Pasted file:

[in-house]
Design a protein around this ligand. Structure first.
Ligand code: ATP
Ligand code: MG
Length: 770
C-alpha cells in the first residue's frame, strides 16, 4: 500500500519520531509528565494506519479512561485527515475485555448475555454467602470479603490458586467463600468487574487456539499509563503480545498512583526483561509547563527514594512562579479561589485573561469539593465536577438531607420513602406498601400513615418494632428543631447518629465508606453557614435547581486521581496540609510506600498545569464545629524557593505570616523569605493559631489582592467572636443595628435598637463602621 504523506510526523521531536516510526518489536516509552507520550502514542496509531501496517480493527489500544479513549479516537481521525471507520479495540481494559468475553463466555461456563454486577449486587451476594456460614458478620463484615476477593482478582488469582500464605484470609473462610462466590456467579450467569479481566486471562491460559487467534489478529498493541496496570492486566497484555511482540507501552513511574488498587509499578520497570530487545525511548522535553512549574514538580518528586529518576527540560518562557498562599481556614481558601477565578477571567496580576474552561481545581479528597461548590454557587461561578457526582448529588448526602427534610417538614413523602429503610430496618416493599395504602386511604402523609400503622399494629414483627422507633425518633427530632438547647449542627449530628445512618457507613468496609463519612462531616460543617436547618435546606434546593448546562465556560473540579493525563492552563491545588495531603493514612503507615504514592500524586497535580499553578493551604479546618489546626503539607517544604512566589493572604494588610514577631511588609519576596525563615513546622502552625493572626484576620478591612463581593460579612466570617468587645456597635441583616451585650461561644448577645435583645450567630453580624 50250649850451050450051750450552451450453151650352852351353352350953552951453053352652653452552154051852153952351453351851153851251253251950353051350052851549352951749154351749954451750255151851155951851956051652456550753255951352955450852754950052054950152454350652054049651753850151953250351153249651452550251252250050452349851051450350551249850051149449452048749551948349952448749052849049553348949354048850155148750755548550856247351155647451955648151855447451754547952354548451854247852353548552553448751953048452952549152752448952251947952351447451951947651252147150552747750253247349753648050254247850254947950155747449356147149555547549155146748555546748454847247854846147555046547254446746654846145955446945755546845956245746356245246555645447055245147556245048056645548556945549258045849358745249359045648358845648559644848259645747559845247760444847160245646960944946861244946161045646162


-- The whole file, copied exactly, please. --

[in-house]
Design a protein around this ligand. Structure first.
Ligand code: ATP
Ligand code: MG
Length: 770
C-alpha cells in the first residue's frame, strides 16, 4: 500500500519520531509528565494506519479512561485527515475485555448475555454467602470479603490458586467463600468487574487456539499509563503480545498512583526483561509547563527514594512562579479561589485573561469539593465536577438531607420513602406498601400513615418494632428543631447518629465508606453557614435547581486521581496540609510506600498545569464545629524557593505570616523569605493559631489582592467572636443595628435598637463602621 504523506510526523521531536516510526518489536516509552507520550502514542496509531501496517480493527489500544479513549479516537481521525471507520479495540481494559468475553463466555461456563454486577449486587451476594456460614458478620463484615476477593482478582488469582500464605484470609473462610462466590456467579450467569479481566486471562491460559487467534489478529498493541496496570492486566497484555511482540507501552513511574488498587509499578520497570530487545525511548522535553512549574514538580518528586529518576527540560518562557498562599481556614481558601477565578477571567496580576474552561481545581479528597461548590454557587461561578457526582448529588448526602427534610417538614413523602429503610430496618416493599395504602386511604402523609400503622399494629414483627422507633425518633427530632438547647449542627449530628445512618457507613468496609463519612462531616460543617436547618435546606434546593448546562465556560473540579493525563492552563491545588495531603493514612503507615504514592500524586497535580499553578493551604479546618489546626503539607517544604512566589493572604494588610514577631511588609519576596525563615513546622502552625493572626484576620478591612463581593460579612466570617468587645456597635441583616451585650461561644448577645435583645450567630453580624 50250649850451050450051750450552451450453151650352852351353352350953552951453053352652653452552154051852153952351453351851153851251253251950353051350052851549352951749154351749954451750255151851155951851956051652456550753255951352955450852754950052054950152454350652054049651753850151953250351153249651452550251252250050452349851051450350551249850051149449452048749551948349952448749052849049553348949354048850155148750755548550856247351155647451955648151855447451754547952354548451854247852353548552553448751953048452952549152752448952251947952351447451951947651252147150552747750253247349753648050254247850254947950155747449356147149555547549155146748555546748454847247854846147555046547254446746654846145955446945755546845956245746356245246555645447055245147556245048056645548556945549258045849358745249359045648358845648559644848259645747559845247760444847160245646960944946861244946161045646162